The Wind In The Willows by Kenneth Grahame is a novel that was published in 1908 that illuminates many characteristics and lessons that are valuable to obtain in life. Throughout the adventurous journey of the characters, Grahame uses the settings, themes, and symbolic symbols to convey the morals of the novel.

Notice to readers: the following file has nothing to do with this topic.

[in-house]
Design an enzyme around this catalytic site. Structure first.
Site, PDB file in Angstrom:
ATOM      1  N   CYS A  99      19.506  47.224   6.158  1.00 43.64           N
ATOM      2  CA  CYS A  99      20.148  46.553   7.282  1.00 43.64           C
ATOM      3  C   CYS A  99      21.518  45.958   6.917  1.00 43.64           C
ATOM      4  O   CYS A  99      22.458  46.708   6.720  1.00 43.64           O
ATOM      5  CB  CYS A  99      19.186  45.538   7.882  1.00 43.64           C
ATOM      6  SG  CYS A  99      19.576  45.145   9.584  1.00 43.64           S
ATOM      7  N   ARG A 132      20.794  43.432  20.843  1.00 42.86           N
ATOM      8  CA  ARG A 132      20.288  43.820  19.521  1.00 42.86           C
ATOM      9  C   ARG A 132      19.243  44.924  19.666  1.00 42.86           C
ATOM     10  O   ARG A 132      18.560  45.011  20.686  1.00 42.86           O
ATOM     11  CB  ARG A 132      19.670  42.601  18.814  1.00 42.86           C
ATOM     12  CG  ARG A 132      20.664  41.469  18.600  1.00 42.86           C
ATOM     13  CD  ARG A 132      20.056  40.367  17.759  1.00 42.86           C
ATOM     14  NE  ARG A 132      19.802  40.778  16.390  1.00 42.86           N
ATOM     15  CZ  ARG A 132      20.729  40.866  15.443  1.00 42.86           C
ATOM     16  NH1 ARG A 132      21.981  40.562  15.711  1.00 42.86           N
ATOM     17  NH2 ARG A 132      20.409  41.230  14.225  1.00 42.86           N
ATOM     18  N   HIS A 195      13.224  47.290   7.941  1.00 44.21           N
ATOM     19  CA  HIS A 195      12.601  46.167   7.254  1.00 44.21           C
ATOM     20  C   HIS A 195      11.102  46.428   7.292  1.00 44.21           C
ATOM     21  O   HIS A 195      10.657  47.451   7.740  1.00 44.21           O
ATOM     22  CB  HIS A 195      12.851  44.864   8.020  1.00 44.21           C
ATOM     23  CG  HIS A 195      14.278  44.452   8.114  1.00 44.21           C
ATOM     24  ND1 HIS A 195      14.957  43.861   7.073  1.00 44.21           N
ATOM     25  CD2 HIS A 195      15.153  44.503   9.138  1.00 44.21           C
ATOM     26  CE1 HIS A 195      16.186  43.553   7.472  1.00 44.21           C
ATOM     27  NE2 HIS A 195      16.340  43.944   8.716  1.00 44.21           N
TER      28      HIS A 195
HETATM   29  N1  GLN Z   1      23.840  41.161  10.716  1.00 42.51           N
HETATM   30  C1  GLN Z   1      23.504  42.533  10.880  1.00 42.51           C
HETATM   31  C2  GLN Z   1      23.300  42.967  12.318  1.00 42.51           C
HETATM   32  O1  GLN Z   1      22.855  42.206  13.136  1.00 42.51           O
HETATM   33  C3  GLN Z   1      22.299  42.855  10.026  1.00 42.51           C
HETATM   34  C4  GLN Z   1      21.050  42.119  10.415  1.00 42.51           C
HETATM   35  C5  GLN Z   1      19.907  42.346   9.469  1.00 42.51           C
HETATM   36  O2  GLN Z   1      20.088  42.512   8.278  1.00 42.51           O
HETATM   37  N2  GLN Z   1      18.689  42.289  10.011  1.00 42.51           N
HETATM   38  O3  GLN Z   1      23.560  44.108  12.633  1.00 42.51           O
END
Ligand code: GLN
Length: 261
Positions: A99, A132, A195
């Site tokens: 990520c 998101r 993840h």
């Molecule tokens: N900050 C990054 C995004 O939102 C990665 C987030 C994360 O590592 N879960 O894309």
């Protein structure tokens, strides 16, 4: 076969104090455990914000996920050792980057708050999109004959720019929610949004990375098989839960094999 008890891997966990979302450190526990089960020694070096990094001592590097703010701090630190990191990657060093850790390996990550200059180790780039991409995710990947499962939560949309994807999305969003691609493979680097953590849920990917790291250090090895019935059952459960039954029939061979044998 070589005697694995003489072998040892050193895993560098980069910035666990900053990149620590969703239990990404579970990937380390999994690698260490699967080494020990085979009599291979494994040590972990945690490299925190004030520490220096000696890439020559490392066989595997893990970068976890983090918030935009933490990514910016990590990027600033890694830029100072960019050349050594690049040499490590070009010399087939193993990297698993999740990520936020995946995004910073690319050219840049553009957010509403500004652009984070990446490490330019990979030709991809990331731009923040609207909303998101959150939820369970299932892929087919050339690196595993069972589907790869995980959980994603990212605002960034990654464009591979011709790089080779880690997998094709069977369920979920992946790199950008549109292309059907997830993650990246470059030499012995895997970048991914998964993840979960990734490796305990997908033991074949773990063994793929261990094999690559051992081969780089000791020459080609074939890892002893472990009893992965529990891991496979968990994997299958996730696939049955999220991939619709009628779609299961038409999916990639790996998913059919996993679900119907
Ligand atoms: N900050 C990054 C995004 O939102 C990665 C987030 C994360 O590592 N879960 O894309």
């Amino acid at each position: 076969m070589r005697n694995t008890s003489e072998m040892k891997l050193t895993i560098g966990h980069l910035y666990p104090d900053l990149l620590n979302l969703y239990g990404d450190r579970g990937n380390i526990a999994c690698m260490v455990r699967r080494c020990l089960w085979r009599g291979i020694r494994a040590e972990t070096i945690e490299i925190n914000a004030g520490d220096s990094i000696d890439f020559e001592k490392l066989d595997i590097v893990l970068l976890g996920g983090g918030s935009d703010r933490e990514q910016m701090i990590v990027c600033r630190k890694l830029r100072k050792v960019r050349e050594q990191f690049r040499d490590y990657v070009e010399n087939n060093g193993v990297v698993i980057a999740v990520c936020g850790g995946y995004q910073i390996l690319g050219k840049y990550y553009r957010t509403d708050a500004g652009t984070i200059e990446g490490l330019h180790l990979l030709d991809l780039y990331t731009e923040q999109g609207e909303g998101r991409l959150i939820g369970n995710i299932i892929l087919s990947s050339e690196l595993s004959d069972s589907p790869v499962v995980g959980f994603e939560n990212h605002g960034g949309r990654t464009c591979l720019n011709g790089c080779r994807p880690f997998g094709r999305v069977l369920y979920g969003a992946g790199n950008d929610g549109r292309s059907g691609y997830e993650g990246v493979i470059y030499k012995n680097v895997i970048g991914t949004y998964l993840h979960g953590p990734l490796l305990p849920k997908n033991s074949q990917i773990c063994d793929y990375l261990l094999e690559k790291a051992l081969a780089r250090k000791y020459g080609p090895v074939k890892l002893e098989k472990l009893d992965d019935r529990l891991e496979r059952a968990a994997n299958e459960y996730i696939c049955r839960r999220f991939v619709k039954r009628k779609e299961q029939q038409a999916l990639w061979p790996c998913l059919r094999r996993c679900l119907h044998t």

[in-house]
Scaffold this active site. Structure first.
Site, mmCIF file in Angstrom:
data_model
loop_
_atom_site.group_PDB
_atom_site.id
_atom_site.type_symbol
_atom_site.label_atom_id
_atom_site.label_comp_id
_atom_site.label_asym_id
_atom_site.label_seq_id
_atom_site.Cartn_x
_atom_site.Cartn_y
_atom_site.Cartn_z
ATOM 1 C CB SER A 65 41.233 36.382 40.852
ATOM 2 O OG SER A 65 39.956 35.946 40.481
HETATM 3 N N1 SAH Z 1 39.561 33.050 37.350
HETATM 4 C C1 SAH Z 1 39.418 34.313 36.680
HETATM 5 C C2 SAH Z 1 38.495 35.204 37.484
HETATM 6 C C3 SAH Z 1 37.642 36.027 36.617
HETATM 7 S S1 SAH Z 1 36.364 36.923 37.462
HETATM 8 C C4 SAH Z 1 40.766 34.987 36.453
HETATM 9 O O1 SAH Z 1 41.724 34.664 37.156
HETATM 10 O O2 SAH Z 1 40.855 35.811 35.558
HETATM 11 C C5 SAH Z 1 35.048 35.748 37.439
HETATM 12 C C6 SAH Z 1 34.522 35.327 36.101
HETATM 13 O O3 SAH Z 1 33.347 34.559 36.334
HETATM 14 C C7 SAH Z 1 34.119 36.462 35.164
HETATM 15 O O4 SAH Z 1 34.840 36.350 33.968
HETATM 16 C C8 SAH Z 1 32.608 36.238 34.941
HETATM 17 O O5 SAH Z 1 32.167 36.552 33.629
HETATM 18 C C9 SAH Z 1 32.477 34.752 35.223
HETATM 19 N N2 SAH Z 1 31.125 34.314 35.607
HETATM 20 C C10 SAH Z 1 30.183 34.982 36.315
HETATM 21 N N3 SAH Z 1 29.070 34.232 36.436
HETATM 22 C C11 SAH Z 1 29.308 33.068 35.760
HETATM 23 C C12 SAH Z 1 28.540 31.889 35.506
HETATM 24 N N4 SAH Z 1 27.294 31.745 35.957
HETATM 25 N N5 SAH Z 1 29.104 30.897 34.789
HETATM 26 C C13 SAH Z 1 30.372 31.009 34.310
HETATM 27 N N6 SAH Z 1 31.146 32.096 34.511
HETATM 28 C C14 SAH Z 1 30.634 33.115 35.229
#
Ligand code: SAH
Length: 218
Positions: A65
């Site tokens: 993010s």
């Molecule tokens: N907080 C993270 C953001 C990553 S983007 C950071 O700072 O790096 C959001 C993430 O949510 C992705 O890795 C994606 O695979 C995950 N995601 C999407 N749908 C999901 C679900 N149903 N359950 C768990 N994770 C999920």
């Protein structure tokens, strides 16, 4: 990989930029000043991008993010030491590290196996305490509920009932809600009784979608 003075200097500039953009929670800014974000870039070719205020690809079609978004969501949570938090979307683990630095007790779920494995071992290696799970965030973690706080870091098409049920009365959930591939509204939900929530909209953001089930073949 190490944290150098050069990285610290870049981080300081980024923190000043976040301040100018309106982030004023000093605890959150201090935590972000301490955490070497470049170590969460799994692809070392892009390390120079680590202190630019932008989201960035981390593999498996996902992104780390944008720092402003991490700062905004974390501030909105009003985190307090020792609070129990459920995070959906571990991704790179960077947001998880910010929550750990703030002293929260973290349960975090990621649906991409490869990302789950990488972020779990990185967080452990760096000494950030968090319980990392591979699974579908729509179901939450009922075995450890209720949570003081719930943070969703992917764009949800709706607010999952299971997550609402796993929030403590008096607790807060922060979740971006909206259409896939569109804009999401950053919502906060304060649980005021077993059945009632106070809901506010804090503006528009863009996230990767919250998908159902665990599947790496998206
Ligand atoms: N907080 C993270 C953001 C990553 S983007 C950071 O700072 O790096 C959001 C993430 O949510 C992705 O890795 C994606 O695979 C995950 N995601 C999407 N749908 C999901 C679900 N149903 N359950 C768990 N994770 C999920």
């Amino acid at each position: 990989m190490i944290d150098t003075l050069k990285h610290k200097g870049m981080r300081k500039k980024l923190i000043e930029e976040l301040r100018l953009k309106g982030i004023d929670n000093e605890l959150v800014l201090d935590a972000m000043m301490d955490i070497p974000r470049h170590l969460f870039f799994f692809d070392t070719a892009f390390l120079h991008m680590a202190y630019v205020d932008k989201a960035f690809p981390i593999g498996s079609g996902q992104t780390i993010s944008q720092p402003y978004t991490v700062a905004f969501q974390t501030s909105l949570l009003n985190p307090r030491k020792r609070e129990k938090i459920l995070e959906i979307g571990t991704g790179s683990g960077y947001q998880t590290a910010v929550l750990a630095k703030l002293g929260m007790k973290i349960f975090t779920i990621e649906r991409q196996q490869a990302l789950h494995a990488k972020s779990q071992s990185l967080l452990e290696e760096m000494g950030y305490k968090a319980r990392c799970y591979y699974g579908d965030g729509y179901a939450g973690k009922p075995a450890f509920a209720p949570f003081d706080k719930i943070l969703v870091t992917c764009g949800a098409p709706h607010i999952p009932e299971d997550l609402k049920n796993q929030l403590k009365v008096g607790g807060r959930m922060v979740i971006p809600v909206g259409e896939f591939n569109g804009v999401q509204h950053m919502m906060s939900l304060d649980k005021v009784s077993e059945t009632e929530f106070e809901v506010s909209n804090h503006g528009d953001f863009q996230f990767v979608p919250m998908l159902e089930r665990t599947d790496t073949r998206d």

The plot of the story stems from the personalities of the four main characters of Toad, Mole, Rat and Badger. Wealthy, Self-centered and opinionated but yet affectionate are words that can be used to describe Toad at the beginning of the novel. Known for his addiction to reckless driving, Toad has no concern with people who try to help him because he can always purchase another motor car. His character is kind and good natured, but is often overtaken by his conceitedness which gets him in troubled situations. At the end of the novel after overcoming many challenges, Toad continues his generosity to his friends and becomes humble. Toad is a representation of the upper class because of his wealth status, his simple life and his belief of getting away with anything. The personality of Mole can be described as independent, passionate and quiet. He is new to the river bank but his personality allows him to quickly learn how things operate and to also become a great friend to the other characters. Mole is always willing to lend a hand to anyone who is in need. Rat is viewed as a compassionate, generous and friendly character. He is very loyal to his friends and continuously aids them in any way that is possible. The other three main characters are very dependent on Rats generosity and advice. He is easy going and enjoys his life along the river bank. Out of all the main characters, Badger has the broadest of personalities. The Badger is respected and feared by all other characters. He is very knowledgeable with his age and has an optimistic outlook on events. His efforts put towards helping Toad shows he is caring. Without his leadership skills, Toad would...
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